Although there are various types of therapeutic footwear currently used to treat diabetic foot ulcers (DFUs), recent literature has enforced the concept that total-contact casts are the benchmark.Besides conventional clinical tests and imaging modalities, advanced MRI techniques and high-sensitivity nuclear medicine modalities present several advantages for the investigation of diabetic foot problems.The currently accepted principles of DFU care are rigorous debridement followed by modern wound dressings to provide a moist wound environment. Recently, hyperbaric oxygen and negative pressure wound therapy have aroused increasing attention as an adjunctive treatment for patients with DFUs.For DFU, various surgical treatments are currently available, including resection arthroplasty, metatarsal osteotomies and metatarsal head resections.
A Pilot Study of Short-Duration Hyperbaric Oxygen Therapy to Improve HbA1c, Leukocyte, and Serum Creatinine in Patients with Diabetic Foot Ulcer Wagner 3-4.
To evaluate the short-duration hyperbaric oxygen therapy (HBOT) can improve HbA1c levels, leukocyte count, and serum creatinine levels in patients with diabetic foot ulcer (DFU) Wagner 3-4. Blood samples from all DFU patients at Sanglah General Hospital, Denpasar, were taken for HbA1c, leukocyte, and serum creatinine test before debridement procedure, and the patients were then grouped into either standard therapy or standard therapy with HBOT for 10 sessions (combination therapy). At the end of therapy, all blood tests were resumed. Each group consisted of 15 patients. Results of laboratory analysis before and after treatment were significant regarding decrease of HbA1c levels in standard therapy (10.98 ± 2.37 % to 9.70 ± 2.46 %; p = 0.006), HbA1c levels in combination therapy (9.42 ± 1.96 % to 7.07 ± 1.16 %; p < 0.001), and leukocyte count in combination therapy (13.97 ± 6.24 x 10 cells/L to 8.84 ± 2.88 x 10 cells/L; p = 0.009).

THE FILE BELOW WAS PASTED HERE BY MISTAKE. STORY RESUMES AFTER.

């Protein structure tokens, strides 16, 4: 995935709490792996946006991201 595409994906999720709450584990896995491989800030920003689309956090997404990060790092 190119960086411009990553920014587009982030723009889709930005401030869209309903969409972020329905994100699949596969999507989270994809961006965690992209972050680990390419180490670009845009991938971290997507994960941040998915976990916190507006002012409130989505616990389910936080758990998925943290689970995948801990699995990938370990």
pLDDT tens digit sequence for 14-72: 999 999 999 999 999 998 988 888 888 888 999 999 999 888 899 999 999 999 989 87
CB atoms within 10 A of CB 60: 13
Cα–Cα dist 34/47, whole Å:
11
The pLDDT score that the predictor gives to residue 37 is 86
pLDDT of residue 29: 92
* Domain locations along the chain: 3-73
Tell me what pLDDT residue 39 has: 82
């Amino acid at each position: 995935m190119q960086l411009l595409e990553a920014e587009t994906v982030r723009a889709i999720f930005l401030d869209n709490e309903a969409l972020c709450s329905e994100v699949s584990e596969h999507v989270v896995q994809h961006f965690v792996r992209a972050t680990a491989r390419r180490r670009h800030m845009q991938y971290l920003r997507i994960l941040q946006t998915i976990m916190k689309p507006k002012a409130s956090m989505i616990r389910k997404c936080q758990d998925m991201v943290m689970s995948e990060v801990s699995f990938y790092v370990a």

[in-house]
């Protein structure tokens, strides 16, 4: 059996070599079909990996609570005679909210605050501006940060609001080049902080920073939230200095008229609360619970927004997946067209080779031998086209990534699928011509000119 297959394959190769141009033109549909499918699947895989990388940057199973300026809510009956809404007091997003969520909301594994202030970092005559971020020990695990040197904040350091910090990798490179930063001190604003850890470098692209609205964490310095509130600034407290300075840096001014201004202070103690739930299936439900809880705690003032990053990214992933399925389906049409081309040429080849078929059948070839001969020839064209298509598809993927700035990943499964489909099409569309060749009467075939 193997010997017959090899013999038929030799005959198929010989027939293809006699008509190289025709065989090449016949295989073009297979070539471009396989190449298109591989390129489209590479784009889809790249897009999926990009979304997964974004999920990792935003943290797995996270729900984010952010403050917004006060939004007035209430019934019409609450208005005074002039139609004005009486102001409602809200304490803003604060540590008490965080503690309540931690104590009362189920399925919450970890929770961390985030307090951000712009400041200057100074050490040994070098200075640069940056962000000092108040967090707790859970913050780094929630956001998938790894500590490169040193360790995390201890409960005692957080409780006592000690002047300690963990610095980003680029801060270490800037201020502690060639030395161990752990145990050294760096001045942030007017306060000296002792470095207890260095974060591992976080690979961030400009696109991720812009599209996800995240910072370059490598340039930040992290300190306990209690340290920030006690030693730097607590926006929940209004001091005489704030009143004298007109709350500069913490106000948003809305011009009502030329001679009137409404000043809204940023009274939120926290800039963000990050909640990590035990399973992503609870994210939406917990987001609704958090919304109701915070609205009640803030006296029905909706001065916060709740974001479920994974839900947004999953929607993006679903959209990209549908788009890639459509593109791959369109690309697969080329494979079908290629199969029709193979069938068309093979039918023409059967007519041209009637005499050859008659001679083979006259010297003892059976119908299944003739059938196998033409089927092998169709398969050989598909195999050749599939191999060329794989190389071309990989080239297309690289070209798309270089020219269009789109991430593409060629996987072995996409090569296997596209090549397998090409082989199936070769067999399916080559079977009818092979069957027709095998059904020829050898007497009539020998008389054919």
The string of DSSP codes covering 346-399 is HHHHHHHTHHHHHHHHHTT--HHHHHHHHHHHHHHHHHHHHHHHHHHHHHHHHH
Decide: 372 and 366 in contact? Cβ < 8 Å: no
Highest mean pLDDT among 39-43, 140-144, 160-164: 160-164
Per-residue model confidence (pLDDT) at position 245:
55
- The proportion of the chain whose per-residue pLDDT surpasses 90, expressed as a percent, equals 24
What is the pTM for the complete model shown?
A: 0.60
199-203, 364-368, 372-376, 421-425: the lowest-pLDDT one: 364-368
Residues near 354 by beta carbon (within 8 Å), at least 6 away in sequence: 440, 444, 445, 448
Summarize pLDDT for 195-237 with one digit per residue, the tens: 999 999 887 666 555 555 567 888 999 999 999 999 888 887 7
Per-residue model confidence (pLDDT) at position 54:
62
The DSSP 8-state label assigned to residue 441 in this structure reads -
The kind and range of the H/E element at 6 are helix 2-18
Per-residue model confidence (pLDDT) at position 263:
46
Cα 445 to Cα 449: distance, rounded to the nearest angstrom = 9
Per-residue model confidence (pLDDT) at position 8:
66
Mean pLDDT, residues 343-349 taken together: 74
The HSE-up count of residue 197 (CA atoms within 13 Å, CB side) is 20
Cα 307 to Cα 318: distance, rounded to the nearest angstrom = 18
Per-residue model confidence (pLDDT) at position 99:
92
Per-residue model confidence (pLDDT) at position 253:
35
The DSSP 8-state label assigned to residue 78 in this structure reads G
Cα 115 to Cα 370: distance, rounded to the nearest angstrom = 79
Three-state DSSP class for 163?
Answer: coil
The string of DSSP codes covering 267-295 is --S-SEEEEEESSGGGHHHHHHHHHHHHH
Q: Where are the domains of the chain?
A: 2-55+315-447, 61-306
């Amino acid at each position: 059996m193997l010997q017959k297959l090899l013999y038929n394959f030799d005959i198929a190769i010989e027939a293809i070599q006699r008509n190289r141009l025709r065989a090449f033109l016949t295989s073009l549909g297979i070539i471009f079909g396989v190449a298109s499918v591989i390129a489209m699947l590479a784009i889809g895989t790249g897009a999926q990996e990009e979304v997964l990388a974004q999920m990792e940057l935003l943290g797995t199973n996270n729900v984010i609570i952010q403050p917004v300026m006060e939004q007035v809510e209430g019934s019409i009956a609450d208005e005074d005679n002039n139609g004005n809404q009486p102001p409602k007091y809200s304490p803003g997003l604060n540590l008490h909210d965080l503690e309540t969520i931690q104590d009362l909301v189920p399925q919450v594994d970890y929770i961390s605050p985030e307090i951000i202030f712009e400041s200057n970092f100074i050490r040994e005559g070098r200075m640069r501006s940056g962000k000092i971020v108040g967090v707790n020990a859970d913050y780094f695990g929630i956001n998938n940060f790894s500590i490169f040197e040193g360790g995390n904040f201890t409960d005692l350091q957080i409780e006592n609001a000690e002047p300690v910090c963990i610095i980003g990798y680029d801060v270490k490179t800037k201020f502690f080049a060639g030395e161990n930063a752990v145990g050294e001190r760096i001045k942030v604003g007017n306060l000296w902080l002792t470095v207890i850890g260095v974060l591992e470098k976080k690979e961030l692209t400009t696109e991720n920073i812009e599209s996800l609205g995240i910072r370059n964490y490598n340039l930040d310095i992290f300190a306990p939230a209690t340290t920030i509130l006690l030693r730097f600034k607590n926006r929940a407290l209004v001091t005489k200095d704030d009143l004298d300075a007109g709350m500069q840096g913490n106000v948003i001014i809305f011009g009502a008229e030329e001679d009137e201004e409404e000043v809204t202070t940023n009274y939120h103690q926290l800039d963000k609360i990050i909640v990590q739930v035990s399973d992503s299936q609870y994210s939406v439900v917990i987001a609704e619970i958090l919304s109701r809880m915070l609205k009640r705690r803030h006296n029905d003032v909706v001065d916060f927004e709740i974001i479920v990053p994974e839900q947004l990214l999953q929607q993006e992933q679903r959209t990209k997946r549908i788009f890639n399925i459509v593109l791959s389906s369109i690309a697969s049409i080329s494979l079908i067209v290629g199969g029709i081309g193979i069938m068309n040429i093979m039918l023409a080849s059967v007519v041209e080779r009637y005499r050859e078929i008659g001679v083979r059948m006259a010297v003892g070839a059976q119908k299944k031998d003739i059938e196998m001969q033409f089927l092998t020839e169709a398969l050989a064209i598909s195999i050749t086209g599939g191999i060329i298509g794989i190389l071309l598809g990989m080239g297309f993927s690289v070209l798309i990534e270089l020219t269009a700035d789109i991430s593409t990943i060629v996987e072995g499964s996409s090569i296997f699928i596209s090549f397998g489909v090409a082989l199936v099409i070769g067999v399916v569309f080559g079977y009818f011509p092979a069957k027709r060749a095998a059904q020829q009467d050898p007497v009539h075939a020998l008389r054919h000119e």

A 23-year-old Caucasian female, with type I diabetes mellitus, presented with a 7-month history of two painful yellowish-red plaques with ulcerated centre in the left leg. A diagnosis of ulcerated necrobiosis lipoidica (NL) was made and she was started on pentoxifylline 400 mg tid and tacrolimus ointment 0.1%. After four months of treatment with no improvement, the patient was proposed for hyperbaric oxygen therapy (HBOT). Overall, she received a total of 30 sessions of HBOT, after which the wounds healed completely. There have been no recurrences in the 14 months following resolution.
[Hyperbaric oxygen therapy in the treatment of diabetic foot: experience in the management of 80 cases at a department of internal medicine].
Abstract: Jira, El Omri, Sekkach, Mekouar, Amezyane (2018). [Hyperbaric oxygen therapy in the treatment of diabetic foot: experience in the management of 80 cases at a department of internal medicine]. The Pan African medical journal,...
Noninvasive Vascular Assessment of Lower Extremity Wounds in Diabetics: Are We Able to Predict Perfusion Deficits?
Abstract: Vascular assessment of the lower extremity is a critical step in any patient presenting with lower extremity chronic wounds to predict the likelihood of healing and risk of amputation. This concept is vital in patients with diabetes due to their complex...
Abstract: Background/aim: Intralesional recombinant epidermal growth factor (EGF) is a new treatment approach for diabetic foot ulcer, approved in 2006. EGF therapy is given as an adjunct to the standard treatment regimen of antibiotics, surgery, and hyperbaric...